Get Out (2017) – REVIEW

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When Jordan Peele of “Key and Peele” fame announced he was taking on a directing project and that project was the horror feature, Get Out, my interest was piqued. The guy is funny and seems like a more than capable creative type. And by his account, he’s a horror fan.  Besides, he has access to funding and top-tier support that most independent directors don’t. So, there were good odds that he’d make a decent movie. When he tweeted that he was proud of the “thriller” that he’d made, I lost a little of my enthusiasm. Was he referring to it as a thriller just to reach those viewers who claim to hate horror (but love movies like Se7En and Silence of the Lambs)? Or is he one of those people? Then when I started seeing reports that the film has a strong and overt social message, the needle on the ol’ interest meter went back up. In short, it was was a wild emotional rollercoaster ride (mixed metaphor, I know) leading up to my viewing of the film. So, how did it turn out? Let’s get into it, shall we?

Chris is headed to his girlfriend, Rose’s, parents house to meet them for the first time and stay the weekend. He’s a bit more nervous than is typical for a first parent meet because he’s African-American and Rose is white. He’s the first black man she’s dated and she doesn’t think it’s necessary to “warn” them ahead of time. Her insistence that her dad “would have voted for Obama a third time” isn’t super reassuring, but Chris loves the woman and what the hell can he do at this point? When they arrive, Chris meets mom and dad, who are awkward, but not unbearably so. He also meets their African-American servants, who smile vacantly and seem slightly off somehow. Like, they’re in a daze. The young couple learns that it’s the weekend of of the family’s big annual party. Rose plum forgot all about it! When guests start arriving and Chris is surrounded by dozens of white folks asking very inappropriate race-related questions and a couple of black folks acting like automatons, Chris gets uncomfortable. When one of the guests has a bizarre breakdown and seemingly attacks him, he wants out of there pronto. Is the anxiety baseless or is he in real danger? (he’s in real danger)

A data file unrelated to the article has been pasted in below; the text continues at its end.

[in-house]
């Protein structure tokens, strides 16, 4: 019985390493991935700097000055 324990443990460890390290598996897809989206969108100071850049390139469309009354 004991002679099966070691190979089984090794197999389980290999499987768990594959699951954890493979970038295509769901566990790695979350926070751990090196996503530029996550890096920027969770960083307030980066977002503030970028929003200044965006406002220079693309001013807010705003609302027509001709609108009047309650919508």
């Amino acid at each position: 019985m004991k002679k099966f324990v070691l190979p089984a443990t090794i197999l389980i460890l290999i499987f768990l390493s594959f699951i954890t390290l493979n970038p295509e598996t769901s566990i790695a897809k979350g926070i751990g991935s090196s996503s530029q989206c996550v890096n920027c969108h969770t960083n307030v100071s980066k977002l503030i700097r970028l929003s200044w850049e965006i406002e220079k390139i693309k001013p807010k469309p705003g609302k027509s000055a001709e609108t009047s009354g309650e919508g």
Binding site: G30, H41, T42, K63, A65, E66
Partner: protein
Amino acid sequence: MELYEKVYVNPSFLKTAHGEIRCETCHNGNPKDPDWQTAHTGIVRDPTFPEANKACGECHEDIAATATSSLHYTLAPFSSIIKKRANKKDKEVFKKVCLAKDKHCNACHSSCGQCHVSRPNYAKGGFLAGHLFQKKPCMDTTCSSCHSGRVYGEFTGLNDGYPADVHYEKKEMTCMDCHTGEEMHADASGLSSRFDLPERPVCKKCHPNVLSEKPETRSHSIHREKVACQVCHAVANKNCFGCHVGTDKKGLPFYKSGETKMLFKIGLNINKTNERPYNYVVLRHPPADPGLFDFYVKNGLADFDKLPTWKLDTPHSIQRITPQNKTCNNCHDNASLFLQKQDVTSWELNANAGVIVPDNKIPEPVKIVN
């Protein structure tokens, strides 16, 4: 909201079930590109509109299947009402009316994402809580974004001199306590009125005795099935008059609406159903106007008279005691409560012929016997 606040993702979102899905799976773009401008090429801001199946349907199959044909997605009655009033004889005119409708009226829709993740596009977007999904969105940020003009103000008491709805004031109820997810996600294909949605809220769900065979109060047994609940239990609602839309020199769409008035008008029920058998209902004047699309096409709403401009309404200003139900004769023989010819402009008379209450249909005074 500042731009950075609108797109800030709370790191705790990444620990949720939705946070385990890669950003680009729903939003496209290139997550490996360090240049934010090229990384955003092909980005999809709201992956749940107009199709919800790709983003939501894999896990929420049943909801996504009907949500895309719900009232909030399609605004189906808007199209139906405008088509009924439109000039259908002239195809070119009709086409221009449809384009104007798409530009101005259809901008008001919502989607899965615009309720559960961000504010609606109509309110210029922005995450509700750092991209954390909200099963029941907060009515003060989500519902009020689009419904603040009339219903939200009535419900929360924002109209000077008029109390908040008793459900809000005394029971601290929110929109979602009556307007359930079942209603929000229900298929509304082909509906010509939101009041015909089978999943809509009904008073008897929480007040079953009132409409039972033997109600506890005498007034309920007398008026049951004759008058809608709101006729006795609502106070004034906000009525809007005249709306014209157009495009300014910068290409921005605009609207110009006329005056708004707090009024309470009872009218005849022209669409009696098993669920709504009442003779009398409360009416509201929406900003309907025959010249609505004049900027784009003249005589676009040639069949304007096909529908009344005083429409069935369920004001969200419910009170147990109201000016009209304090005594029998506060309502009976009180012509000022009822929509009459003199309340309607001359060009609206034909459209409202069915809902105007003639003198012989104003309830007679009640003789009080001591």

I’m leaving that synopsis a little vague by design. I highly recommend seeing the film knowing no more than that it’s horror and that it features “polite” racism. (i won’t spoil anything here) Peele’s talent is evident in the masterful way he portrays seemingly simple things as dreadful – things that I’m told/I’ve read African-American’s experience everyday. As a white cis male, I’ve had it inequitably good all of my life. As a person who likes to think of himself as progressive and empathetic, I’ve known for a long time that “polite” racism is detestable and wrong no matter how good the intentions are behind it. It wasn’t until Get Out that I got a vicarious taste of the aggression and superiority in every ignorant comment. To meet someone for the first time and to tell that person that you like Tiger Woods apropos of nothing other than the golfer being within a few shades of that person’s skin tone is often chalked up to ignorance in the real world. But it speaks to a lack of decorum. A lack of social awareness. And a smug superiority in one’s own skin tone. In that single tiny sentence, the speaker has signaled that they are talking down to the listener. Or worse, that they believe they are speaking to another species of animal. That is crushing, I’m sure. Peele puts broad white faces in close-ups and two-shots grinning and ogling over Chris – played perfectly by Daniel Kaluuya – as if they’re expecting him to dance for them at any moment. When he’s surrounded by these people, the viewer experiences his anxiety. His isolation. And we get a glimpse of what that’s like even if we’ve never experienced it ourselves. We see that even though he’s surrounded by smiling, well-meaning “gentile” folks, he’s being socially assaulted at every turn. As humans (social animals), that is almost unbearable to us. I can’t imagine how harrowing it is for POCs who no doubt experience similar situations. Once Chris’s anxieties crescendo, the story ramps up into a violent thrill-a-minute finale that delivers the horror goods.

 
The Final Cut: Get Out steadily increases anxiety levels as it moves from “woke” blindness, to awkward racial tension, to “polite racism”, and beyond. By the finale, viewers will be desperate to escape the horrors wrought by racism and the human monsters who profit from it.

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